On every desk there will also be a range of different writing implements, which are selected for maximum productivity and effectiveness. The fountain pen you may use for signing documents is hardly suitable for highlighting a report, nor for making swift notes in a meeting. Why then is our basic work tool selected, in the majority of cases, with absolutely no regard to the user whatsoever?
Many employees are significantly less productive and even taking time off to recover from pain and discomfort because they are using the wrong equipment or ‘can’t use the keyboard and/or mouse’. Every year AbilityNet, the UK’s leading authority on computing and disability, sees hundreds of such people and it’s very often a simple, cost-effective (or even no cost) solution that provides the answer to their problems. The concept that computers could be, and indeed should be, adapted to the end user is a fairly new one for some employers, but it is an approach that can enhance performance and appreciably reduce sick leave.
At least 10% of any workforce will be left-handed. For left-handers, using a mouse with their right hand is not advisable. It will be less effective and will put unnecessary strain on a part of their anatomy ill-equipped to deal with it. Why not use the mouse with your left hand and reverse the button functions so you are actually on an equal footing with your right-handed colleagues?
If you are left-handed and predominantly a number pad user, why have a standard keyboard with a number pad on the right? Have a separate number pad on the left and a compact keyboard.
Right-handed people who have minimal use for their number pads (the majority of PC users in fact) are stretching unnecessarily to reach their mouse, thereby risking injury. Opting for an integrated keyboard (with built in number pad) means the mouse is in a much closer, and therefore safer, position on the desk.
For many end users the mouse is a problem in itself. It demands a complex and unnatural movement and overuse can lead to wrist and arm pain. Such individuals may see doctors, physiotherapists, occupational health consultants and other specialists about discomfort they experience on using this device.
No one seems to suggest the obvious – to drastically reduce its use.
There are keyboard alternatives to virtually all mouse functions.
A recent Health and Safety Executive report suggests upper limb disorder or ‘RSI’ is the most common cause of workplace health problems, totalling in excess of 4.2 million working days lost a year and affecting more than half a million employees. A later survey reveals one in five PC users report some degree of pain or discomfort attributable to a non-keyboard input device – that is, a mouse.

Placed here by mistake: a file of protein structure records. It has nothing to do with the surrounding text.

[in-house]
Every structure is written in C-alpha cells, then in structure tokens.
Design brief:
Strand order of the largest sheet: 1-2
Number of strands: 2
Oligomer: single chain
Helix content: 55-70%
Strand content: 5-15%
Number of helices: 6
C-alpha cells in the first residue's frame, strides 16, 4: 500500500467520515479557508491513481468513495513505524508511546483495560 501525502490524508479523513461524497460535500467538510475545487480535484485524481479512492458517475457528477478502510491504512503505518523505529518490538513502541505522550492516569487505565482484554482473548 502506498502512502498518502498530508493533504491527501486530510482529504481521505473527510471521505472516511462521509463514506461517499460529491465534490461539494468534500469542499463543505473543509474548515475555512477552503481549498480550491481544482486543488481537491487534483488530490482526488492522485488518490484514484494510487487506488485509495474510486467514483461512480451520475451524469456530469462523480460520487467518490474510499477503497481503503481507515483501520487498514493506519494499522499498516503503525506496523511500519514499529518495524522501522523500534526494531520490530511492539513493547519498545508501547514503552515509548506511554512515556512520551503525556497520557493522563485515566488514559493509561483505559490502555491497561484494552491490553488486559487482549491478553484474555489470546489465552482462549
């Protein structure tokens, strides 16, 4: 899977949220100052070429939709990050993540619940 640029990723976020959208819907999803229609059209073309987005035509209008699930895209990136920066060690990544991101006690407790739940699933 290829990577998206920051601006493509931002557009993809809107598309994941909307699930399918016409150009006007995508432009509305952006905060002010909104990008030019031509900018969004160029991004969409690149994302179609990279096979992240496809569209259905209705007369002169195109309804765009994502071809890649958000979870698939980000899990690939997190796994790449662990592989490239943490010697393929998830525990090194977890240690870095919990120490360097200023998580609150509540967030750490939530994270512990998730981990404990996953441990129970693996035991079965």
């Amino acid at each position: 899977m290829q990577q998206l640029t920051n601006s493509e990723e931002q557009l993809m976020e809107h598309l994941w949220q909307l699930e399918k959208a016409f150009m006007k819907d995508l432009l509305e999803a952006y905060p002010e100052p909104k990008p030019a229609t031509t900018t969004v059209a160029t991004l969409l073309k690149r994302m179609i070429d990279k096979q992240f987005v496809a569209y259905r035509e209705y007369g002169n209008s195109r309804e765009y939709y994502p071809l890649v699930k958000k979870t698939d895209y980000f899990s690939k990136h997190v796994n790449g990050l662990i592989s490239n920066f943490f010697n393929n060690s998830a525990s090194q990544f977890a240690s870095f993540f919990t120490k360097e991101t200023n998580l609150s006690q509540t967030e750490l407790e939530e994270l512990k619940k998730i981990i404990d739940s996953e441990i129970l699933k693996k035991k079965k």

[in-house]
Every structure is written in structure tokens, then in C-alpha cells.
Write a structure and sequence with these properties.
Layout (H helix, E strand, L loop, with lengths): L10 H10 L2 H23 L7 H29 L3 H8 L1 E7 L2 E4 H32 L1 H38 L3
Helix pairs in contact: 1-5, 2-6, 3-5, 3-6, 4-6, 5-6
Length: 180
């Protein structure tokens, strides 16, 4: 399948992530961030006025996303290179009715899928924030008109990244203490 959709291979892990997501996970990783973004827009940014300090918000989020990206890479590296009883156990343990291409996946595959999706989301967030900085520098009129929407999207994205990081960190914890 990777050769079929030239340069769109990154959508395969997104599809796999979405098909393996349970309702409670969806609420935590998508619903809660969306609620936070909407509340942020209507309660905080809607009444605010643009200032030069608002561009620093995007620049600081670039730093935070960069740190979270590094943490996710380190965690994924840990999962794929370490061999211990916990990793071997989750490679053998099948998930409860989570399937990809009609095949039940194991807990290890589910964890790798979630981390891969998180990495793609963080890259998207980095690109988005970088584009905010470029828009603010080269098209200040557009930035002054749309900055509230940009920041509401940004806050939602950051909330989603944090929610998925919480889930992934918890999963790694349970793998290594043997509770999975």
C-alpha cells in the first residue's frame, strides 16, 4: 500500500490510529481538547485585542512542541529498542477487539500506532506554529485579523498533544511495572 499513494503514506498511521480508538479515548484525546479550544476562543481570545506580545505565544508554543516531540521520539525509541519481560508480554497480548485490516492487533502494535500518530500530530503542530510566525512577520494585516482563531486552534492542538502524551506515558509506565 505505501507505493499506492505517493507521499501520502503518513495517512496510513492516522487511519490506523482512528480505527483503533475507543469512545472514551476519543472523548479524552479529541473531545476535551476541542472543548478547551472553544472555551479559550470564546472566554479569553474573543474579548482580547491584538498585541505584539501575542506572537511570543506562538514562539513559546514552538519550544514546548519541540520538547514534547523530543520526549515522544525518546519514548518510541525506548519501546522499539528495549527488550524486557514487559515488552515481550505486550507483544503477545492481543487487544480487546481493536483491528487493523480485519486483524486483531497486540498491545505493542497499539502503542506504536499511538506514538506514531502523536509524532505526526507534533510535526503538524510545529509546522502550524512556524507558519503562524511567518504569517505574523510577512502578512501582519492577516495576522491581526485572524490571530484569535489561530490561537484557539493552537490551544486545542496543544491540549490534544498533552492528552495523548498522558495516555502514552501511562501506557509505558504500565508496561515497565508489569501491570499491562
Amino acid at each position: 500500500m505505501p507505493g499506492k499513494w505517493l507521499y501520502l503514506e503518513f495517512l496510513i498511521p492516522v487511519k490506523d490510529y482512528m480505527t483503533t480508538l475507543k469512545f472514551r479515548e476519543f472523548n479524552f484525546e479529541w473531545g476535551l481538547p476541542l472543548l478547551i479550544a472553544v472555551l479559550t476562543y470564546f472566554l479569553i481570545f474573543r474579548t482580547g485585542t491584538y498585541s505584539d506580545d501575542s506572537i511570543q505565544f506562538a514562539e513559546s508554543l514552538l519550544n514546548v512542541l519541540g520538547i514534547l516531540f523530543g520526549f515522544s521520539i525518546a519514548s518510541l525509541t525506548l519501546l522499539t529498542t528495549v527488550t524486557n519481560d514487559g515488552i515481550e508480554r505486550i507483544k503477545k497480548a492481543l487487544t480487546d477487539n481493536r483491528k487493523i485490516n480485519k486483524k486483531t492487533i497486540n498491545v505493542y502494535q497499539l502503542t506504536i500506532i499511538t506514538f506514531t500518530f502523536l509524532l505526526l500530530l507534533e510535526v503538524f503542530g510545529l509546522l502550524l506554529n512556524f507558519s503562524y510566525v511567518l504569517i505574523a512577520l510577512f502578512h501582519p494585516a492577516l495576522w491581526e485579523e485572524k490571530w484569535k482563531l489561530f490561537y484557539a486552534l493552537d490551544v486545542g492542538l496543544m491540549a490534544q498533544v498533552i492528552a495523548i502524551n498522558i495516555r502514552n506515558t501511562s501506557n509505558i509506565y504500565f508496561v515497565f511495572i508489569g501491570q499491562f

And this figure rises steeply depending on the level and intensity of PC-based work in which the individual engages. AbilityNet estimates that around 50% of PC users could benefit from adaptive technology of some sort; this implies that half of us are ‘non-standard’ in some way – not so surprising really.
While we may all have a PC at our disposal, many of us have never learnt to touch type, and even if we have, we can save ourselves an enormous amount of time and energy and improve our speed and accuracy with assisted input. Many people could save time spent keyboarding by using built-in techniques like abbreviation expansion or phrase prediction (autotext and autocorrect in Word). Or if you want to stop struggling altogether with the old Qwerty keyboard – get voice recognition technology. It is much cheaper and user-friendly than you might think.
For employers facing the perceived ‘challenge’ of adapting the workplace to meet the demands of the Disability Discrimination Act and making ‘reasonable adjustment’ for disabled employees – the good news is PCs can be modified by those with almost any disability, often without significant financial outlay.
Only 42% of the seven million disabled people of working age in the UK are in employment. Around one in five become disabled while in a job and losing their contribution deprives organisations of a considerable asset often representing a significant investment in terms of the skills base and experience they have accumulated over the years.
The Employers Forum on Disability reports that losing such an employee can cost around £160,000. Awareness that computer technology can be adapted to individual needs demands a change of culture that can benefit us all.
While most organisations see ‘disability’ and ‘access’ as issues affecting the minority of their workforce, the provisions required to adjust their systems to accommodate disabled employees, can help staff who would not consider themselves to have a ‘disability’.
However, today’s twinge or eyestrain could be tomorrow’s chronic condition.
Neglecting a minor irritation can convert into a significant problem later.
Liz Moor, of HSBC’s IT Training Group, has worked closely with AbilityNet to raise awareness of these issues within the company’s IT development department.
She says: ‘AbilityNet developed a course with HSBC specifically to address the needs of our IT function, from which more than 700 employees have benefited by applying this learning in their day-to-day work, and ensuring standards are adhered to. They now also feel confident about making decisions, many of which are more cost-effective.’
- Carries Saint Freedman is publicity officer for AbilityNet
- For more, go to www.abilitynet.org.uk.
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